1792. "From the age of twenty to thirty-three, I was occupied, or ought to have been, in the study of the law; from thirty-three to sixty I have spent my time in the country, where my reading has been only an apology for idleness, and where, when I had not either a magazine or a review, I was sometimes a carpenter, at others a birdcage-maker, or a gardener, or a drawer of landscapes. At fifty years of age I commenced an author. It is a whim that has served me longest and best, and will probably be my last." [Ib. p. 19.]

1785. "Dejection of spirits, which I suppose may have prevented many a man from becoming an author, made me one. I find constant employment necessary, and therefore take care to be constantly employed. Manual occupations do not engage the mind sufficiently, as I know by experience, having tried many. But composition, especially of verse, absorbs it wholly." [Letters p. 147.]

1786. "The dew of your intelligence has refreshed my poetical laurels. A little praise now and then is very good for your hard-working poet, who is apt to grow languid, and perhaps careless, without it." [p. 235.]

1787. "A sensible mind cannot do violence even to a local attachment without much pain. When my father died, I was young, too young to have reflected much. He was rector of Berkhampstead, and there I was born. It had never occurred to me that a parson has no fee-simple in the house and glebe he occupies. There was neither tree, nor gate, nor stile in all that country, to which I did not feel a relation, and the house itself I preferred to a palace. I was sent for from London to attend him in his last illness, and he died just before I arrived. Then, and not till then, I felt for the first time, that I and my native place were disunited for ever. I sighed a long adieu to fields and woods, from which I once thought I should never be parted, and was at no time so sensible of their beauties as just when I left them all behind me to return no more." [p. 251.]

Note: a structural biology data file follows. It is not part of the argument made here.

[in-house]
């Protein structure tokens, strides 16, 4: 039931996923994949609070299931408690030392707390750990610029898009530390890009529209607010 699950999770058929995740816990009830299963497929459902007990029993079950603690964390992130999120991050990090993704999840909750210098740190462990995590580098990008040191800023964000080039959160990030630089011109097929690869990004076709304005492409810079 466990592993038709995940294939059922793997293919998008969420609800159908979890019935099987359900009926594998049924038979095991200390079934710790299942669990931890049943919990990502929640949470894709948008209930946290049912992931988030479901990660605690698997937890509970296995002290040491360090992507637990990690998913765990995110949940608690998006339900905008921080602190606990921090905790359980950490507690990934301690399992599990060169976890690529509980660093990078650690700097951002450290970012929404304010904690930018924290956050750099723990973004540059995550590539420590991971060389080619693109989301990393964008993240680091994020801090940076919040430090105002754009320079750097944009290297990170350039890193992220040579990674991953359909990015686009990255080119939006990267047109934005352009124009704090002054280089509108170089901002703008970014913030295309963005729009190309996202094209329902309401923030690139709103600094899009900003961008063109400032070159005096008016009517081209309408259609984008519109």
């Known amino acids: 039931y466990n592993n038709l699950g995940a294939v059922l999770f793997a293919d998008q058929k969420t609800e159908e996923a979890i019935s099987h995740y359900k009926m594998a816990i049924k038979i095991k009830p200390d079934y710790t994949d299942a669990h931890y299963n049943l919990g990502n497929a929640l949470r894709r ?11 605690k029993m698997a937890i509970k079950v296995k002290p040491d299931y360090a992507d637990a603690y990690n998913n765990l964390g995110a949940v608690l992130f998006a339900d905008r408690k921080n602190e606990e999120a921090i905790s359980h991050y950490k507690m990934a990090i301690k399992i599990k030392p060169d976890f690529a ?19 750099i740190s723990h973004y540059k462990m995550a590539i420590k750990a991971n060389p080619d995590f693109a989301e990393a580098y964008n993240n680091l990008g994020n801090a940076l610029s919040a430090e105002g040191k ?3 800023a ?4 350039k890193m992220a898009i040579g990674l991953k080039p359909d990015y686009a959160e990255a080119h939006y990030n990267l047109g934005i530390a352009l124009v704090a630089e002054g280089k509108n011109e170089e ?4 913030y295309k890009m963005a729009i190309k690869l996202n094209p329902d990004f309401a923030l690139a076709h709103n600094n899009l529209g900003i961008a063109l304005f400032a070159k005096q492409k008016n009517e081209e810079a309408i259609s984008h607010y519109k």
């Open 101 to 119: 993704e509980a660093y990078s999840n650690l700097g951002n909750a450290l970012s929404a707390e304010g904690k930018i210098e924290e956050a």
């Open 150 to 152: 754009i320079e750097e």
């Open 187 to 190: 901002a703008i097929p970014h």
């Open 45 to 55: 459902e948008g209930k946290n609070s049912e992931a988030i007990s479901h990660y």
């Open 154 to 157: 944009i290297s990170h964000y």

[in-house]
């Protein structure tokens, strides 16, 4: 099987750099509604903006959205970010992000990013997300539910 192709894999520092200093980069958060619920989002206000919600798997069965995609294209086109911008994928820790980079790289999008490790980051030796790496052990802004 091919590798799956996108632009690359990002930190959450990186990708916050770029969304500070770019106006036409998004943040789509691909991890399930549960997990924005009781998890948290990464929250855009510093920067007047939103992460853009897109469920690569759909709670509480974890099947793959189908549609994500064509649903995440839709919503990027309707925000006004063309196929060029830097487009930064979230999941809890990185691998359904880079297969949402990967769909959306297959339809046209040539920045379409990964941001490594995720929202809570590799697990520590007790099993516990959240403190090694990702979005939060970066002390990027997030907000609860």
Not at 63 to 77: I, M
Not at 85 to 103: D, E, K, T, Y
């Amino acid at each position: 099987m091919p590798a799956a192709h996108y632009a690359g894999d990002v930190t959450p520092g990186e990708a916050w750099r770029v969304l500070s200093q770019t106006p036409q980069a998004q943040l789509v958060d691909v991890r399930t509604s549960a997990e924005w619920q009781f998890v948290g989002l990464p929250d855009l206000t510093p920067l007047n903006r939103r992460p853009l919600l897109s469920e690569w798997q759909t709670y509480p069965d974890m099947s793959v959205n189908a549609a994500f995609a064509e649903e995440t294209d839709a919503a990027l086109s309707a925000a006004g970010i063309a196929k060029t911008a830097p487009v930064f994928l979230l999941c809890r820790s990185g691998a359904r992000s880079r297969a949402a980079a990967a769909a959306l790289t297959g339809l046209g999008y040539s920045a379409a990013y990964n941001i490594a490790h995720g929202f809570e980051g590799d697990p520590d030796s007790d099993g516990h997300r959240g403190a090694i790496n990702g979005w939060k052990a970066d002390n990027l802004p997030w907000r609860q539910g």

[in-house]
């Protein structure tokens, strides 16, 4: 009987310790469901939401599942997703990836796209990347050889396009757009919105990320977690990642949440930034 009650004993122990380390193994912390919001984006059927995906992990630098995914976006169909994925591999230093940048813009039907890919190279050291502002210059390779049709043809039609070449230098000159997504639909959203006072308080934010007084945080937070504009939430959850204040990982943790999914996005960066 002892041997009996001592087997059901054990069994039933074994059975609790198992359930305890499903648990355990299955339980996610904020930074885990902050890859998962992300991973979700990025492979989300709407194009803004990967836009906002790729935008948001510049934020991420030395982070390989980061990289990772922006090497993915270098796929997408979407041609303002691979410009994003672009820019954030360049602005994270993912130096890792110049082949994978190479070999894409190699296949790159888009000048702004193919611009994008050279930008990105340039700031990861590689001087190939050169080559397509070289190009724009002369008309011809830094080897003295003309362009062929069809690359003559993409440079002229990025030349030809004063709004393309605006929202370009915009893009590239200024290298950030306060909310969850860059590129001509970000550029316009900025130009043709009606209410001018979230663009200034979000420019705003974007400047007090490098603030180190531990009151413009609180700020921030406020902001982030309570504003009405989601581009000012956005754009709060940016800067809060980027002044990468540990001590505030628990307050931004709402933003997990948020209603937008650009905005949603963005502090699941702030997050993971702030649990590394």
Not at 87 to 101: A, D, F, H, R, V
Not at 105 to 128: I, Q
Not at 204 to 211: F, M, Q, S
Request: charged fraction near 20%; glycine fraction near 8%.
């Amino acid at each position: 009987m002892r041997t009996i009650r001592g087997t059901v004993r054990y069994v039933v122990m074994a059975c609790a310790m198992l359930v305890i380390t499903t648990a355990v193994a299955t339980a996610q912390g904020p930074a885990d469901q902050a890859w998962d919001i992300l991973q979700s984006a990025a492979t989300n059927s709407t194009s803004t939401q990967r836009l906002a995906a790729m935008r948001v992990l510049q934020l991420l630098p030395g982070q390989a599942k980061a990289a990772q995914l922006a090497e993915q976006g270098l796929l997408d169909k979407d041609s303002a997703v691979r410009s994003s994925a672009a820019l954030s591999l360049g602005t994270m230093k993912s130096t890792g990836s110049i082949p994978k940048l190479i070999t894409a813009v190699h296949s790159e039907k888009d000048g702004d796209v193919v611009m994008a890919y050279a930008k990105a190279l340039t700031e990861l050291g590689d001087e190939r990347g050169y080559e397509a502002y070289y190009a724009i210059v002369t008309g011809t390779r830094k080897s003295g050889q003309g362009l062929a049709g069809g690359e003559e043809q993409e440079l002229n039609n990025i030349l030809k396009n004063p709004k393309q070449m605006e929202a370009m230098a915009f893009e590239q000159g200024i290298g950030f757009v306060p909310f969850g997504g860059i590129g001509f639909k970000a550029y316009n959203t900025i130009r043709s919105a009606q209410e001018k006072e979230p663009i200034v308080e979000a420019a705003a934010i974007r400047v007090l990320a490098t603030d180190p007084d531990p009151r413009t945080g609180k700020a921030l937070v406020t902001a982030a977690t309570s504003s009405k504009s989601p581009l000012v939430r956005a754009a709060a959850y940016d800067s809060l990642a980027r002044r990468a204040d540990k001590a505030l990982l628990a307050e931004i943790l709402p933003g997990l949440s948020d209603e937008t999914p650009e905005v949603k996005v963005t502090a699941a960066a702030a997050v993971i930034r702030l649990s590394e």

1790. Acknowledging the gift of a picture of his mother. "The world could not have furnished you with a present so acceptable to me, as the picture which you have so kindly sent me. I received it the night before last, and viewed it with a trepidation of nerves and spirits, somewhat akin to what I should have felt, had the dear original presented herself to my embraces. I kissed it, and hung it, where it is the last object, that I see at night, and of course the first on which I open my eyes in the morning. She died when I had completed my sixth year, yet I remember her well, and am an ocular witness of the great fidelity of the copy. I remember too a multitude of the maternal tendernesses which I received from her, and which have endeared her memory to me beyond expression. There is in me, I believe, more of the Donne than of the Cowper, and though I love all of both names, and have a thousand reasons to love those of my own name, yet I feel the bond of nature draw me vehemently to your side. I was thought in the days of my childhood much to resemble my mother, and in my natural temper, of which, at the age of fifty-eight, I must be supposed a competent judge, can trace both her and, my late uncle, your father. Somewhat of his irritability, and a little, I would hope, of his, and of her — I know not what to call it, without seeming to praise myself, which is not my intention, but speaking to you, I will even speak out, and say, good nature. Add to all this, I deal much in poetry, as did our venerable ancestor, the Dean of St. Paul's, and I think I shall have proved myself a Donne at all points."